This question accepts both "No, better not." and "No, not better." as an answer.
To me, the first sentence sounds like "No!, you better not do that!" and while as the second sounds more like "No, this ( book, movie, or whatever ) is not better.".
Does this sentence apply to both of those situations?
This is a poor example. In English " better not" is an admonition. Not better is a comparison. It is unclear which one translates.
"No, better not" makes sense for colloquial english if you are warning someone against doing something. The "you" and "had" are implied - the entire phrase would be "no, you had better not!"
It's also a problem because if it's being used as an admonition "better not" is rarely used without describing who shouldn't. As in "No, we'd better not" or "No, you'd better not" "No, better not" just sounds like unidiomatic English to me. Any other native English speakers have a different take?
Native English (north UK) speaker here. I rarely specify the who. I might say "you'd better not" as a stronger warning. But usually "no, better not" is a reply to something so the who is obvious from context
"No, it isn't better" does not mean the same as "No, better not." Better not is roughly the same as saying "We shouldn't".
"No, it isn't better" example:
- Would you say Pepsi is better than Coke?
- No, it isn't better.
"No, better not" example:
- I think we should beat up Harper.
- No, (we) better not. We'd likely get arrested.
Hope that helps!
so how would one phrase these different sentences in German, or would the context take care of it?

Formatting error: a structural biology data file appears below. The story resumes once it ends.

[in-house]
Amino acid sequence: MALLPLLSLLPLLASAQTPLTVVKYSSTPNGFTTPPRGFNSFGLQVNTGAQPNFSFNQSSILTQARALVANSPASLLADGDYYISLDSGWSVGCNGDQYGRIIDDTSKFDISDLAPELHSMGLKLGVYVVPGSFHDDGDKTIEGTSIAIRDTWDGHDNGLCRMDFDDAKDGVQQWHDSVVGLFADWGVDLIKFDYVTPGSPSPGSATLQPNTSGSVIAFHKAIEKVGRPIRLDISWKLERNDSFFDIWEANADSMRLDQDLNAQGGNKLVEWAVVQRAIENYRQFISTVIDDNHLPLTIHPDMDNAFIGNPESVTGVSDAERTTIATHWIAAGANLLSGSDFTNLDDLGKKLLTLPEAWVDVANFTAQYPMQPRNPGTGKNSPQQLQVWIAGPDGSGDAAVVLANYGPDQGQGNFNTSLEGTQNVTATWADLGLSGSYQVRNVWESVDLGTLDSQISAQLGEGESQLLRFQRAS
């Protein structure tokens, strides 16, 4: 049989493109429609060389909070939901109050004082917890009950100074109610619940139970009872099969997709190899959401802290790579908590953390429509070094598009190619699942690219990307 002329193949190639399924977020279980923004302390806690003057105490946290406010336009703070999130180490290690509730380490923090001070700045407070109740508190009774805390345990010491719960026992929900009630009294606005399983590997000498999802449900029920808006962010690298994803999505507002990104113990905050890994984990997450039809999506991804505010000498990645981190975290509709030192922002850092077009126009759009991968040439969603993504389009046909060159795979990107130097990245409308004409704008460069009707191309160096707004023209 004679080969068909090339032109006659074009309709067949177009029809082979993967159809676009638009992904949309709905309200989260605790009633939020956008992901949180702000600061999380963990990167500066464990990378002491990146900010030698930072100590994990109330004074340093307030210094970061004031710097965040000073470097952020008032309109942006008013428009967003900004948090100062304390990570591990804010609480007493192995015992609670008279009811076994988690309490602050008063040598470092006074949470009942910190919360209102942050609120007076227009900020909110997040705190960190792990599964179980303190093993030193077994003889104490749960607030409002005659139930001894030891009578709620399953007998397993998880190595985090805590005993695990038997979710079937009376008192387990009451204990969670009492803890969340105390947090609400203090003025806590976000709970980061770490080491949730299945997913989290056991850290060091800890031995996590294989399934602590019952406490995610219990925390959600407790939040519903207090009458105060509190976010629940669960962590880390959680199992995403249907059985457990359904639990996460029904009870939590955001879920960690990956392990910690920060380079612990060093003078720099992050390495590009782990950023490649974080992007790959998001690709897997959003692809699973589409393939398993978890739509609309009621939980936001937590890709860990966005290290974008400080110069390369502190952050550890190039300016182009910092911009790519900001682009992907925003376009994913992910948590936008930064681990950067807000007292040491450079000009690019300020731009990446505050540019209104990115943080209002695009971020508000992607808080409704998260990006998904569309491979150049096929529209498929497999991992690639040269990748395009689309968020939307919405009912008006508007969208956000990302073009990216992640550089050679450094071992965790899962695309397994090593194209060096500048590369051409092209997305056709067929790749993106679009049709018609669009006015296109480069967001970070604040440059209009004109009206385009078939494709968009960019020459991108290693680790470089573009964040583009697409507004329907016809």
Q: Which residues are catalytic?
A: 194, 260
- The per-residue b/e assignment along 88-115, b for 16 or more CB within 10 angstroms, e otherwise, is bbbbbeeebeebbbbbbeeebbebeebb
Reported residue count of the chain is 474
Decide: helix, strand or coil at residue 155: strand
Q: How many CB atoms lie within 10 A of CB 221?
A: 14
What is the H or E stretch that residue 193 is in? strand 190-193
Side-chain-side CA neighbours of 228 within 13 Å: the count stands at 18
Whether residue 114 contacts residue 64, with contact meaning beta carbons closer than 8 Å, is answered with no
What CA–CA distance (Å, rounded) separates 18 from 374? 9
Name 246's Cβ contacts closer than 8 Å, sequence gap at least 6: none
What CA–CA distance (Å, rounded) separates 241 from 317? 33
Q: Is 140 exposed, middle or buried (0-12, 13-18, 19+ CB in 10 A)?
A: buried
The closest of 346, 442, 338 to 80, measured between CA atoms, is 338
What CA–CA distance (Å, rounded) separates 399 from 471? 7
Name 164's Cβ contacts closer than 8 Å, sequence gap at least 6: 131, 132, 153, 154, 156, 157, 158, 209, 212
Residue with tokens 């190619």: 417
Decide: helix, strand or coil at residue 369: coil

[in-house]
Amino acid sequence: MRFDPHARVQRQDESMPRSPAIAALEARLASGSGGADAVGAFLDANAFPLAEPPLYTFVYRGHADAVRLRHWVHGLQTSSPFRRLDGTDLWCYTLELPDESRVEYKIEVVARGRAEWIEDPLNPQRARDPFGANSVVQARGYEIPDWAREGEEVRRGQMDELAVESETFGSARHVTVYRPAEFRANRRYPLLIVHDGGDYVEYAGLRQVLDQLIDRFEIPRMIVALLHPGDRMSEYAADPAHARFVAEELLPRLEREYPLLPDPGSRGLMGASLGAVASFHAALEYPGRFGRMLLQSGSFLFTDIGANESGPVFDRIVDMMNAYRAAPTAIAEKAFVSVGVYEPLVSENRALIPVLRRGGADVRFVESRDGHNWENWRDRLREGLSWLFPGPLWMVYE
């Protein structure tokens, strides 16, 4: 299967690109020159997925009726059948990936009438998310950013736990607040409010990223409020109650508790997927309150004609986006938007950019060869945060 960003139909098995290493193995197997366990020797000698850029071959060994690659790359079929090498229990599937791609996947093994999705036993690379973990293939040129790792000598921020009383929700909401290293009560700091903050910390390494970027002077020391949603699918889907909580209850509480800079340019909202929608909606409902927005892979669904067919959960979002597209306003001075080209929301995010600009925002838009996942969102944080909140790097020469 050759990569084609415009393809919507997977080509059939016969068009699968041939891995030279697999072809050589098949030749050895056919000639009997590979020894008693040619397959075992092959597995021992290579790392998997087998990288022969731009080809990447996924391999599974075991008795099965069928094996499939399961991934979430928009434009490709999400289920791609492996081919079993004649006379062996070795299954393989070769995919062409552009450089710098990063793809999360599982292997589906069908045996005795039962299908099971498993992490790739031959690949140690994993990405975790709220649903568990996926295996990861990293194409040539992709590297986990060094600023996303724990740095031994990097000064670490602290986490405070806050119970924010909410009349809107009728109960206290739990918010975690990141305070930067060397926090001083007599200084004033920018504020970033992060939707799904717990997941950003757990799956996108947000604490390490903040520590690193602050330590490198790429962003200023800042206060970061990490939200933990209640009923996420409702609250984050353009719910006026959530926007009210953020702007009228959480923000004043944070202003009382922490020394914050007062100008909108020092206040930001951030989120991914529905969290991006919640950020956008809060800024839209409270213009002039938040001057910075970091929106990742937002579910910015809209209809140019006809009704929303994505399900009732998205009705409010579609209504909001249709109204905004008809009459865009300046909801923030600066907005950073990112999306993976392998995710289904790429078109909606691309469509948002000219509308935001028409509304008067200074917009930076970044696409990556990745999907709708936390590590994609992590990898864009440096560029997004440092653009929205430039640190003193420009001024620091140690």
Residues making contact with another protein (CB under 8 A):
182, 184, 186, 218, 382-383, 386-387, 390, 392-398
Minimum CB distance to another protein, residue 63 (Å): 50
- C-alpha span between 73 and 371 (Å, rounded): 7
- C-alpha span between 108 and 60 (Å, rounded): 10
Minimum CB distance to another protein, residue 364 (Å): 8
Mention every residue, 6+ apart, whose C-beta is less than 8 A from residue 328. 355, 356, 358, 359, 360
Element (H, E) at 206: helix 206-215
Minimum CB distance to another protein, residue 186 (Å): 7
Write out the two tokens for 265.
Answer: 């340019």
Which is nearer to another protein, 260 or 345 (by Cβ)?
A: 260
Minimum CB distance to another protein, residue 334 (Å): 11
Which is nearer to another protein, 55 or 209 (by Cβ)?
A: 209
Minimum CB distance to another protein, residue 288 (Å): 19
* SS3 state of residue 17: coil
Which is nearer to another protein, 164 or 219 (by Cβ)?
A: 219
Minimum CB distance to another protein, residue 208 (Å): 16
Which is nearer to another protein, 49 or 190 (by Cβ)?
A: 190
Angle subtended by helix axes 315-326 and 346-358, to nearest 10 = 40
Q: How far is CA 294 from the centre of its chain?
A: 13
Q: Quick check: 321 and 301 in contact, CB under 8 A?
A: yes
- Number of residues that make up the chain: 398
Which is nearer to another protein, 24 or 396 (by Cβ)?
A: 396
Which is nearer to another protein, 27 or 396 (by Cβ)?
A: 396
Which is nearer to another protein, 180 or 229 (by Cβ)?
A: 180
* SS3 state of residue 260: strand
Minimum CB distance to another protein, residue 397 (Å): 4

Would you say Pepsi is better than Coke? No, it isn't better. (Doch!)
I think we should beat up Harper. No, (we) better not. We'd likely get arrested. (Doch!)
In English, "Better not" leaves some words out. In full, it would be something more like "We had better not" or "You had better not", implying that it would be unwise to do something.
I believe it was once spelled that way, but many uses of the eszett were phased out in favor of the "ss" letters as part of the 1996 spelling reform.
It's only bessere if it comes before a noun, and based on the gender of that noun and whether it has a definite article alongside it.
i.e. "Das ist eine bessere Katze", but "Das ist ein besseres Auto"
"Das sind bessere Autos", but "Ich fahre mit einem besseren Auto"
Also, "Das Auto ist besser" (No ending because it's not an attributive adjective)
Here's a useful resource:
If you used this phrasing, could it be equivalent to the "better not" in English that means "No, you'd better not"? or "better not do it"?